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Understanding your Car’s Fluids

We all know that cars need gasoline or diesel to run, but are you aware of the many other car fluids required to help keep it running? Motor oil, transmission fluid, coolant, power steering fluid, even windshield wiper fluid are all car fluids that help your car run smoothly and safely.

Understanding Your Car’s Motor Oil

Motor Oil is used in internal combustion engines as a lubricant in order to keep moving parts such as the crankshaft moving smoothly. It also helps to clean, prevent corrosion or rust from forming, improves the quality of seals in the engine, and helps to carry heat away from friction-causing moving parts in the engine. There are different grades of motor oils that are determined by their optimal operating temperatures. The two standard types of motor oils are known as single-grade and multi-grade, with single-grade motor oils being used in more specialized engines, such as lawn mowers and classic cars where the temperature range will not have wide fluctuations. Most modern cars use multi-grade motor oils, which are designed to be used in very cold winter temperatures as well as on very hot summer days.

Understanding Brake Fluid

Unlike motor oil, brake fluid is not a petroleum product, since oil can damage and erode the rubber hoses and seals used in braking systems. Brake fluids do not have different grades like motor oils due, since they must be able to function consistently and reliably under a wide range of temperatures. Brake fluid has a slightly misleading name, since the fluid itself is not what causes a car to stop. It is used as a way to turn force into a form of pressure that causes the discs in a braking system to clamp down and bring the vehicle to a stop. While many people make it a point to change their motor oil at regular intervals, brake fluid is often neglected and should be changed whenever you have your brake pads replaced.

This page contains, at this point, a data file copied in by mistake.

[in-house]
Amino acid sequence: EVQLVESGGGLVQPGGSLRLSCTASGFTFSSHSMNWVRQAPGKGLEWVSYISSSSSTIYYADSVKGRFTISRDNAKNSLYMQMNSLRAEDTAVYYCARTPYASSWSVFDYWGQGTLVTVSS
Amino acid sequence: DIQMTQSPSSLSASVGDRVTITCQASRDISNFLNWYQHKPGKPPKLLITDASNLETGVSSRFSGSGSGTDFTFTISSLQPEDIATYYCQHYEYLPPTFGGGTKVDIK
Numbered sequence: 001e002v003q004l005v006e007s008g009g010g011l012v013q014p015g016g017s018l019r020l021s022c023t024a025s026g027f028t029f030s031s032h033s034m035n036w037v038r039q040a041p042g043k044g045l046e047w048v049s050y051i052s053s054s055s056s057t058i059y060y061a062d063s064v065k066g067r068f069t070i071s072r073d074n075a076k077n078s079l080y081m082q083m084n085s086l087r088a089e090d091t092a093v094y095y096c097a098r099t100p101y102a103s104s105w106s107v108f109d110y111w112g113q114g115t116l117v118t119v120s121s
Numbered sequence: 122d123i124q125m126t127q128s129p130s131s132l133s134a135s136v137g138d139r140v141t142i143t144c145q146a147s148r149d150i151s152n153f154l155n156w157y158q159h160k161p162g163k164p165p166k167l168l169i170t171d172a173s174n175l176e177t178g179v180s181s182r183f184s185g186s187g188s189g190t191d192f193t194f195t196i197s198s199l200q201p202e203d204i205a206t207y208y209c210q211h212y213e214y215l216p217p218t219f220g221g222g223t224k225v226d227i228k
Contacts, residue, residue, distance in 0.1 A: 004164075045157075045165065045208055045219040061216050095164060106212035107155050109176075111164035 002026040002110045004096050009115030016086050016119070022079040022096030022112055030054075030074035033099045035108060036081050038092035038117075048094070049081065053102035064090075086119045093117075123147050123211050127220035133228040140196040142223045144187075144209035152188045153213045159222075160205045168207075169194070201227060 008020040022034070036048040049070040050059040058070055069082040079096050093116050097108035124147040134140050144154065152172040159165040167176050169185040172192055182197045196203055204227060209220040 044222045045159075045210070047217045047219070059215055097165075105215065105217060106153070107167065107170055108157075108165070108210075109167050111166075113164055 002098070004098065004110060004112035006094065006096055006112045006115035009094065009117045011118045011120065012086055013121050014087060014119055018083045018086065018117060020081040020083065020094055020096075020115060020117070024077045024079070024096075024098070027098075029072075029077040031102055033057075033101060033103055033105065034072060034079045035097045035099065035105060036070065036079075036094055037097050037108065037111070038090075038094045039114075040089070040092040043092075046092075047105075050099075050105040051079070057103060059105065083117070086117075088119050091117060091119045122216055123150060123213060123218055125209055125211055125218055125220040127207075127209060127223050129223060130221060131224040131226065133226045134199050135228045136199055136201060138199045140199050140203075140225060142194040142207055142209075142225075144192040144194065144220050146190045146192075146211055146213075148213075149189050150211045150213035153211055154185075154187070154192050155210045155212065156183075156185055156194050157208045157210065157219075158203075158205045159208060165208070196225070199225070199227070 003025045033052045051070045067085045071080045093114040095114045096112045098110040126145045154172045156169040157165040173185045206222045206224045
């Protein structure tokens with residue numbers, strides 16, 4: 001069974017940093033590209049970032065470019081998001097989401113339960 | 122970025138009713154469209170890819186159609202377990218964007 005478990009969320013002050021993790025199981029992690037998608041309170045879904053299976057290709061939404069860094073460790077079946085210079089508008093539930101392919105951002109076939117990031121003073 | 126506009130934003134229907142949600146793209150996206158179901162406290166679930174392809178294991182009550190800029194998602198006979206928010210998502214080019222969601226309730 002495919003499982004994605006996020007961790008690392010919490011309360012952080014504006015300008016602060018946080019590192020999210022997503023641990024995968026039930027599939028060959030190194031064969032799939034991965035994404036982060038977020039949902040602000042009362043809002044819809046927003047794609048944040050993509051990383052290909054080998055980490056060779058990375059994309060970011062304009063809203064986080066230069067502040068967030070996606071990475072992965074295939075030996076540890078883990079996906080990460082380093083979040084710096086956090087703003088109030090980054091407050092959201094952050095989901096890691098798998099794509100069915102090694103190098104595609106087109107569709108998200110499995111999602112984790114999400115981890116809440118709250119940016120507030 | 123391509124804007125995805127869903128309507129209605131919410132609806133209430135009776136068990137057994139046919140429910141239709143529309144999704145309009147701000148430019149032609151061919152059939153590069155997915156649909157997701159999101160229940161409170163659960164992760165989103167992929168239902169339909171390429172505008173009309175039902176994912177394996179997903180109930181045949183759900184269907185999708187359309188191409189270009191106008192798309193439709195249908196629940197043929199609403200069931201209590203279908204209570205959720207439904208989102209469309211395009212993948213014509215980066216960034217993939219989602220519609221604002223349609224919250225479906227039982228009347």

Understanding Automatic Transmission Fluid

Even though it is named automatic transmission fluid, and is the main fluid used in cars with automatic transmissions, it has other functions as well as keeping the gears in a vehicle with automatic transmission shifting smoothly. Many power steering systems also use automatic transmission fluid as their primary hydraulic fluid. Automatic transmission fluid can also be used as a lubricant in vehicles equipped with 4WD, as well as in front-wheel drive vehicles with manual transmissions. Automatic transmission fluid is typically red in color, in order to distinguish it from other car fluids in the vehicle such as motor oil. Automatic transmission fluid is very specialized since transmissions have very different needs than other parts of the car, and have performance-enhancing chemicals added to it to help meet specific needs of each transmission.

Understanding Antifreeze

While the main purpose of antifreeze is as its name suggests, to prevent the freezing of parts in your car in sub zero temperatures, it is also used as a coolant fluid to prevent overheating in your car. Antifreeze was originally developed in order to overcome the problems ordinary water had as being an effective means of transferring heat. Most antifreeze is made of a combination of some type of alcohol and distilled water. Antifreeze is, however very toxic to humans and has been involved in many cases of accidental poisoning. Antifreeze poisoning is very difficult to diagnose since many of the symptoms of antifreeze poisoning can mimic those of other illnesses, so antifreeze should be stored and disposed of in a careful and responsible manner to prevent accidental poisoning.

As you can see, there are many different types of car fluids that your car relies on to run safely and efficiently. Each individual system relies on fluids to help cool and protect their functions.  Be sure to protect your investment as well by getting cheap auto insurance including cheap auto insurance for teens today!

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